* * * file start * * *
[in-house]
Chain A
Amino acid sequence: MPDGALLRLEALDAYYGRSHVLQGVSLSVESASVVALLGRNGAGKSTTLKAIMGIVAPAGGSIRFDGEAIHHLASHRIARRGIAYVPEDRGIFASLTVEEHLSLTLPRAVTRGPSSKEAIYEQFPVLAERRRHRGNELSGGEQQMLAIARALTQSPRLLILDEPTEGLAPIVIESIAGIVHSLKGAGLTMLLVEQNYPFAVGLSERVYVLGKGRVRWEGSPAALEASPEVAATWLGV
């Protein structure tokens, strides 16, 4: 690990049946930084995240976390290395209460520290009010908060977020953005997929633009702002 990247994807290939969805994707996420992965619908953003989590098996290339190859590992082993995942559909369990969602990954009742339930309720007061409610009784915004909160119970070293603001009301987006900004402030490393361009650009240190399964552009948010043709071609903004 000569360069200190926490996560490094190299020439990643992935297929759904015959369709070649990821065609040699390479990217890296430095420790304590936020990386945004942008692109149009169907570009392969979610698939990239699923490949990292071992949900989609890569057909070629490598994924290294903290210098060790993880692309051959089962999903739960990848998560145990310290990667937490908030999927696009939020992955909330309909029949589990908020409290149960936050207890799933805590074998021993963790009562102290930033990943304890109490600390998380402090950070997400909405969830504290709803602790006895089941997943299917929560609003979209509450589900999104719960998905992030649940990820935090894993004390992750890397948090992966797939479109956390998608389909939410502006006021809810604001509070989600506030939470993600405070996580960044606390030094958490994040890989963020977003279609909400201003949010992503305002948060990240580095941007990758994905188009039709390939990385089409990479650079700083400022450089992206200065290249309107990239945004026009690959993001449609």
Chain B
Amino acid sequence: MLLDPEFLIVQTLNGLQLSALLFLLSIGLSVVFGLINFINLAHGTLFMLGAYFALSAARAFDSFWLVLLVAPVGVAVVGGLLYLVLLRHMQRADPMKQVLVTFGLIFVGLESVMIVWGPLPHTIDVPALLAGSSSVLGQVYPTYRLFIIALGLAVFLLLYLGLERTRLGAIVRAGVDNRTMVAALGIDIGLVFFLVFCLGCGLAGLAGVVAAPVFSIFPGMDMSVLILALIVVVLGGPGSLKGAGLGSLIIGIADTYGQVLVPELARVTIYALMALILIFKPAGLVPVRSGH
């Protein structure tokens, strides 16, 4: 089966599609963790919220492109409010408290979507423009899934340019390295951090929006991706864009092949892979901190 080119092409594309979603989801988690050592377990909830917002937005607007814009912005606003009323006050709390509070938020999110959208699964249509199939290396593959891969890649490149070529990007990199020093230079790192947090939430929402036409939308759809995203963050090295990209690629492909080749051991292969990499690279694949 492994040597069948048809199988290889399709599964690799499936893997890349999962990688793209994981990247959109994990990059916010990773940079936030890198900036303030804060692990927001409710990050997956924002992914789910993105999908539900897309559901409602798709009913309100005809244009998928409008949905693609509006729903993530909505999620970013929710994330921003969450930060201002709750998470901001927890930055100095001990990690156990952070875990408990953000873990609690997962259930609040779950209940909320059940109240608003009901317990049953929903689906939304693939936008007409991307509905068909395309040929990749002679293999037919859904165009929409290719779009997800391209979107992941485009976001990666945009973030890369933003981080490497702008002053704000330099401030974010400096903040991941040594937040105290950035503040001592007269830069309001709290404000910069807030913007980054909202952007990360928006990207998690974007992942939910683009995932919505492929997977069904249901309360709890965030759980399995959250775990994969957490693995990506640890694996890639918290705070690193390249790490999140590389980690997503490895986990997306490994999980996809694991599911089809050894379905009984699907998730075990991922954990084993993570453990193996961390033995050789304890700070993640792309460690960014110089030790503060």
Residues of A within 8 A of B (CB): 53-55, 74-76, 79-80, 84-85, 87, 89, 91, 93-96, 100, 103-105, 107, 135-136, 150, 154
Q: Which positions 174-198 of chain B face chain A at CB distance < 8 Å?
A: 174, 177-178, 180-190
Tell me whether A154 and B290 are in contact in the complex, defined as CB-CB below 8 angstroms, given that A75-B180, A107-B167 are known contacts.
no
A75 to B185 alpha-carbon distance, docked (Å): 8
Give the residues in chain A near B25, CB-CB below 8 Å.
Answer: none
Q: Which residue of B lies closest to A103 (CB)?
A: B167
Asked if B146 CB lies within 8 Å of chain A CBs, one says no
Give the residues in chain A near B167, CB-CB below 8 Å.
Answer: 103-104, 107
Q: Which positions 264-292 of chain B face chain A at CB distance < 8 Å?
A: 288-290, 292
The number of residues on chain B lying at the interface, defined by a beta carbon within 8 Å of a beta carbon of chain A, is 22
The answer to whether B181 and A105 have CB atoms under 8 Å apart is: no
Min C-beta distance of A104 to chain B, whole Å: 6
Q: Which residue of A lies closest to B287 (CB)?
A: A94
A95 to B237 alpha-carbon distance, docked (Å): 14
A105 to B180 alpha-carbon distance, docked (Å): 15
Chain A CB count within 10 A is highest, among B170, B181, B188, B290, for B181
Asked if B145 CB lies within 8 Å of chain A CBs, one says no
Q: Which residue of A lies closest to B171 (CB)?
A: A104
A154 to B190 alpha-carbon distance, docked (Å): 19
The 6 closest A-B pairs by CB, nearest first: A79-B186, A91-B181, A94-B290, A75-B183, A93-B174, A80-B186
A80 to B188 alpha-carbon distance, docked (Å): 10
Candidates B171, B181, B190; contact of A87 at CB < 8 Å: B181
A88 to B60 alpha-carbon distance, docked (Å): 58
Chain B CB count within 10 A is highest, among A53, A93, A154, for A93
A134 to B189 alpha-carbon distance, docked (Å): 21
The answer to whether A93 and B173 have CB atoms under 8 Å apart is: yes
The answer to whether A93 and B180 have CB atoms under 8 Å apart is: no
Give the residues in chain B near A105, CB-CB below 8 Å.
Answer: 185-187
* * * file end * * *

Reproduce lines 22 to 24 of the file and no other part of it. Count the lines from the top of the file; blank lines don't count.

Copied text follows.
A: 288-290, 292
The number of residues on chain B lying at the interface, defined by a beta carbon within 8 Å of a beta carbon of chain A, is 22
The answer to whether B181 and A105 have CB atoms under 8 Å apart is: no